added in 0.7.0

If true, then the routing table is printed to the console at startup, and when it changes.

Defaults to dev-mode?.


(decode-query-part string)

Decodes one key or value of URL-encoded UTF-8 characters in a URL query string.


(encode-query-part string)

Encodes one key or value for a UTF-8 URL-encoded query string. Encodes space as +.


(expand-routes route-spec)

Given a value (the route specification), produce and return a routing table, a seq of verbose routing maps. The routing table can then be converted to a Router using a number of routing algorithms.

A route specification is any type that satisfies ExpandableRoutes; this includes Clojure vectors, maps, and sets (for terse, table, and verbose routes).

Ensures the integrity of expanded routes (even if they’ve already been checked):

  • Constraints are correctly ordered (most specific to least specific)
  • Route names are unique



A protocol extended onto types that can be used to convert instances into a seq of verbose route maps, the routing table.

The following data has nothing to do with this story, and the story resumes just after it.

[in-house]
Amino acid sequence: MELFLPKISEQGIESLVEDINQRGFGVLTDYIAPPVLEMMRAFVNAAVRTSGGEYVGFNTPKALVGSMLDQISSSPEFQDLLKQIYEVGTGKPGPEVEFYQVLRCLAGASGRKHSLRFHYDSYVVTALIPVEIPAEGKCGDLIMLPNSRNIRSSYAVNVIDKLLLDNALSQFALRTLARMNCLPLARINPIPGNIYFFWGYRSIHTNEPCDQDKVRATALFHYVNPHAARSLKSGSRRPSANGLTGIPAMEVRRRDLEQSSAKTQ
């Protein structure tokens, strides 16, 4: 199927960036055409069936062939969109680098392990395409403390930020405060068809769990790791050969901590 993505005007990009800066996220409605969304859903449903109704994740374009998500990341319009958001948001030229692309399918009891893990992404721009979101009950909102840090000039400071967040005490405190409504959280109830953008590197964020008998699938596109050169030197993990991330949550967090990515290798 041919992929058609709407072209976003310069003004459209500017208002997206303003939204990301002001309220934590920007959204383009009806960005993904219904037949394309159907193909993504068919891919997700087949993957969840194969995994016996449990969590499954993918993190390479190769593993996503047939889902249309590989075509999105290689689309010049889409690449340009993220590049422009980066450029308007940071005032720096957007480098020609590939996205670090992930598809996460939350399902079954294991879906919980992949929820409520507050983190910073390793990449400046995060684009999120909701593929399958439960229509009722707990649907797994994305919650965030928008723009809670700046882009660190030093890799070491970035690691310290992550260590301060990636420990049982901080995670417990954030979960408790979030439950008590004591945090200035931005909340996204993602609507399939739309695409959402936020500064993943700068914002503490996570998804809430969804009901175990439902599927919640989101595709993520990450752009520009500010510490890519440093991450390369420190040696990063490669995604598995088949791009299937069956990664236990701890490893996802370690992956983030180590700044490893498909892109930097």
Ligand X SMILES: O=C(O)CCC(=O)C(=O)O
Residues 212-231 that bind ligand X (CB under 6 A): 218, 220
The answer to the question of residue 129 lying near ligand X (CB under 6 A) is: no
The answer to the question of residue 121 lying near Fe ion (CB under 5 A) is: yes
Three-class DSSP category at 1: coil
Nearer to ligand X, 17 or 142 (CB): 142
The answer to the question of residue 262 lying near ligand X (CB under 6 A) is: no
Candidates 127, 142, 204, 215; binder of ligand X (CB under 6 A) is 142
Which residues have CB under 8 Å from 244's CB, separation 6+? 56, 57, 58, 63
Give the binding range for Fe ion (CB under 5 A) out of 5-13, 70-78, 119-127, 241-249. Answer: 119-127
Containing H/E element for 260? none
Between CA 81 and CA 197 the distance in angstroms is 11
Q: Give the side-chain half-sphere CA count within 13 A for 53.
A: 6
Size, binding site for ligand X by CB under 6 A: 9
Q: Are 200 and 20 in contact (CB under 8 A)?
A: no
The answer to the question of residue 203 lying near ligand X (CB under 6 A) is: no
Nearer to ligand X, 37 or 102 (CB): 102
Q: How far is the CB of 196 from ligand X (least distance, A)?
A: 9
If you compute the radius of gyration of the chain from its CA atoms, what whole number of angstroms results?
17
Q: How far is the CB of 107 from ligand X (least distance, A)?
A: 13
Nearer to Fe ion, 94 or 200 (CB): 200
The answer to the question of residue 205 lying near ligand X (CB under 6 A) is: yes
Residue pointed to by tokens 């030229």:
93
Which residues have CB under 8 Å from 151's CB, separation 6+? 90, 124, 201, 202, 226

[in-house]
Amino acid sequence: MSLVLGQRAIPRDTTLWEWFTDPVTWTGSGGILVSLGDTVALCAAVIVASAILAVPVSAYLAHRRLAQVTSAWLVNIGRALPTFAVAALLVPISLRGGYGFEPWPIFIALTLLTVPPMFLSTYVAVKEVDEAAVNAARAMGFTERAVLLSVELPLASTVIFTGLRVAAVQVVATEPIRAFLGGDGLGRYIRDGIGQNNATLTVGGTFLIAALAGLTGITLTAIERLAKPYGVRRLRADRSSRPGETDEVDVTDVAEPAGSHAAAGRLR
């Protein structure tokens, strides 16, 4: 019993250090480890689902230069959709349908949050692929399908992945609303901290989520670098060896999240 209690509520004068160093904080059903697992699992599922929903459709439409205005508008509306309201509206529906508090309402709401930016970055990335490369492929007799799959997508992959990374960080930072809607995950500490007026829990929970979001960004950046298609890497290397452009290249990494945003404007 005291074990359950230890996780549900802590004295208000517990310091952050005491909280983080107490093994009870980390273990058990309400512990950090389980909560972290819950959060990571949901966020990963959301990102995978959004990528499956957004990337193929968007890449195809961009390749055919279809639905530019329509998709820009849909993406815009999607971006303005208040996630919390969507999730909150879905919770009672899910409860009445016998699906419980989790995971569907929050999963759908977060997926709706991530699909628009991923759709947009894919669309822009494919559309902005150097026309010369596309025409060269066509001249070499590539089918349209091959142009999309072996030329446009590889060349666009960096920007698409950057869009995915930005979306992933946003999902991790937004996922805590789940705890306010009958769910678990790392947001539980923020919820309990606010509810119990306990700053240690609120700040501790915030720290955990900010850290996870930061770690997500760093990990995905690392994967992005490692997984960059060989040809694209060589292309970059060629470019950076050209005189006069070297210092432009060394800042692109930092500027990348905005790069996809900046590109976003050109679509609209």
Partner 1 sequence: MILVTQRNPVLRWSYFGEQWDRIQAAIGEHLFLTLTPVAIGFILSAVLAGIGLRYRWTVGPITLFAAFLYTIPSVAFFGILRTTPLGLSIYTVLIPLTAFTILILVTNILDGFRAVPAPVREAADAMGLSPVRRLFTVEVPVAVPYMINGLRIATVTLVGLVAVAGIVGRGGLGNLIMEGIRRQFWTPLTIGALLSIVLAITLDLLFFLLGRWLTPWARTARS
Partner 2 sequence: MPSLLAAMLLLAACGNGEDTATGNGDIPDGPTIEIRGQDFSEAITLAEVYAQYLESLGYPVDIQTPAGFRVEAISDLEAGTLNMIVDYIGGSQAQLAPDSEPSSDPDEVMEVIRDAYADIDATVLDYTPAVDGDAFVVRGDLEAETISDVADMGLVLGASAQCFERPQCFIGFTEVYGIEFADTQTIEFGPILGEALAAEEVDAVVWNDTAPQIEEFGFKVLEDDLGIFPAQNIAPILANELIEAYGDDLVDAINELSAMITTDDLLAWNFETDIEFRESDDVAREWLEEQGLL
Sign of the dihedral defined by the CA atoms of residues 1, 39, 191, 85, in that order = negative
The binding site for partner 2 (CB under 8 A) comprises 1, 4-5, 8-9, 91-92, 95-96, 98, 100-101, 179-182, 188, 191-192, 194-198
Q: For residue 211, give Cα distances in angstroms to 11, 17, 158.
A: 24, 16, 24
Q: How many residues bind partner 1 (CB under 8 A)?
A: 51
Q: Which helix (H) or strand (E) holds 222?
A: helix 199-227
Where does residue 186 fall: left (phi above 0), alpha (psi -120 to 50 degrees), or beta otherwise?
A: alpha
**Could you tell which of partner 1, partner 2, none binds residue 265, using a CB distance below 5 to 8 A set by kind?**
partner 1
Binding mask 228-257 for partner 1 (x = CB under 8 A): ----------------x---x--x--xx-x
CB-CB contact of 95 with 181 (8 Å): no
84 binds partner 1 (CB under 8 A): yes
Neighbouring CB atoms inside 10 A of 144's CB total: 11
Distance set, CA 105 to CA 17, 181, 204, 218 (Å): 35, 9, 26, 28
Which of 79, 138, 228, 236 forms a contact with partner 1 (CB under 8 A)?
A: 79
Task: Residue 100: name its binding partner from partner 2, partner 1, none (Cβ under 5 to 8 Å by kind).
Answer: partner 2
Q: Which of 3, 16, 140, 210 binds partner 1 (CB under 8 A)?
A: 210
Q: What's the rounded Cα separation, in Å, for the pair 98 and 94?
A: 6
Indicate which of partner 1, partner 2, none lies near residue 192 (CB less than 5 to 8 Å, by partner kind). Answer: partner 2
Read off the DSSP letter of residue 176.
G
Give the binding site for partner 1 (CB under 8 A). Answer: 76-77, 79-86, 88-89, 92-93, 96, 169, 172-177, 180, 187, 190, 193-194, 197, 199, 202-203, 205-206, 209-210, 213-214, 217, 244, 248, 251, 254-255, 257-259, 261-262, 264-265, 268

Built-in implementations map vectors to terse-routes, sets to table-routes, and maps to map-routes->vec-routes.



(-expand-routes expandable-route-spec)

Generate and return the routing table from a given expandable form of routing data.


(form-action-for-routes routes & default-options)

Like ‘url-for-routes’ but the returned function returns a map with the keys :action, the URL string; and :method, the HTTP verb as a lower-case string. Also, the :method-param is :_method by default, so HTTP verbs other than GET and POST will be converted to POST with the actual verb in the query string.